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Why Traditional Management Doesn’t Work Anymore

not workingTradition is great, except when it fails miserably.  Traditional management was great once, but the time has come to look for new and more beneficial methods.  It is easy to pass blame around when something goes wrong, but reworking your management system may be your solution.  Article author Bruno Collet suggests seeing what your employees need to improve their own work may be the best new method of management:

Knowledge workers need autonomy, not supervision. There is no recipe to produce a solution that involves knowledge components such as innovation or creativity. Instead of telling workers what to do, managers have to take a supporting role by nurturing an environment where workers can excel in relative freedom.  Workers don’t just want a job, they want a meaningful job. Workers want to feel that their contribution is valued by the customer and by the organization.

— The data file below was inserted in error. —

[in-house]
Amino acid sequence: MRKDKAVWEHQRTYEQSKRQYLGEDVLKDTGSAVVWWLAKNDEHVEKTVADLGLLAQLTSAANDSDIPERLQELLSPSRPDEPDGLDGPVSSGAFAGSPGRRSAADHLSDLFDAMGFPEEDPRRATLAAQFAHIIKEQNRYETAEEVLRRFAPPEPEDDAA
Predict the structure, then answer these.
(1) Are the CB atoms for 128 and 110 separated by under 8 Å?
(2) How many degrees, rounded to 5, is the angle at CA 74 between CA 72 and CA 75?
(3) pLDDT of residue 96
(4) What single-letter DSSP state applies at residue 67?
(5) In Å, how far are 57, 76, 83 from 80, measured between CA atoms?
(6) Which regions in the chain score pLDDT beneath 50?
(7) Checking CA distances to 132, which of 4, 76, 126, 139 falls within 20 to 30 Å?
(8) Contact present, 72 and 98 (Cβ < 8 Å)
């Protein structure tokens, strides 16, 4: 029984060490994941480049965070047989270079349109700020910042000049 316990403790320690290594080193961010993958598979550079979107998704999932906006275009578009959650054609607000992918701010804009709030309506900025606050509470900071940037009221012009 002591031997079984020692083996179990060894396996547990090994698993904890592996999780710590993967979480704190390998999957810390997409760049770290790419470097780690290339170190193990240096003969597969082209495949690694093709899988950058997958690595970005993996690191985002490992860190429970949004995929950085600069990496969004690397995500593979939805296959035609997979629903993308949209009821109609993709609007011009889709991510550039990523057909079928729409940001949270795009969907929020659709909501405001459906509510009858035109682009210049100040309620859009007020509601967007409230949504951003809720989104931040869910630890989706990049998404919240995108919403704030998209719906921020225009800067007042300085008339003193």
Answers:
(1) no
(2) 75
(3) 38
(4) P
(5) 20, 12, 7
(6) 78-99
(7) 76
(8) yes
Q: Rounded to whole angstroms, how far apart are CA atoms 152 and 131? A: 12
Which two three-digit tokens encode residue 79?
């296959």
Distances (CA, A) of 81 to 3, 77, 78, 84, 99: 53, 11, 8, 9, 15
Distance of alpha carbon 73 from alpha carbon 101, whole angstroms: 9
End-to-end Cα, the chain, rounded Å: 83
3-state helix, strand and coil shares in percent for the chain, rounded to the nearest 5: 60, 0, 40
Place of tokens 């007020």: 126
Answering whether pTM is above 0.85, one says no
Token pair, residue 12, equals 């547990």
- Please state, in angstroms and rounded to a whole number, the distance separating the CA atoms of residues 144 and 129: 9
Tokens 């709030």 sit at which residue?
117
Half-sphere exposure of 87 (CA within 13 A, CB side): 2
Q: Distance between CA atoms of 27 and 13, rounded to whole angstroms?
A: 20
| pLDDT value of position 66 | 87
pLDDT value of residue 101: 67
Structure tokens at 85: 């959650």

A top-down approach to employee management simply does not cut it anymore.  In fact, you run the risk of insulting or disengaging your employees by treating them like they are under a ruler.  Although you do want to be sure that your employees respect you and will follow company policies, you do not want employees to leave because of management issues.  The employee may love the company, but if they feel over or under managed, work and the organization as a whole will suffer. Collet recommends constantly reviewing marketing feedback to see which management methods are working for other organizations.  Better yet, creating market change yourself, if possible, is ideal when considering how to manage your team, organization, and money.  Finding that perfect balance of tried and trusted traditional methods and new ideas will aim your employees and organization down the right management path.

About Matthew Kabik

Matthew Kabik is the former Editor of Computer Aid's Accelerating IT Success. He worked at Computer Aid, Inc. from 2008 to 2014 in the Harrisburg offices, where he was a copywriter, swordsman, social media consultant, and trainer before moving into editorial.

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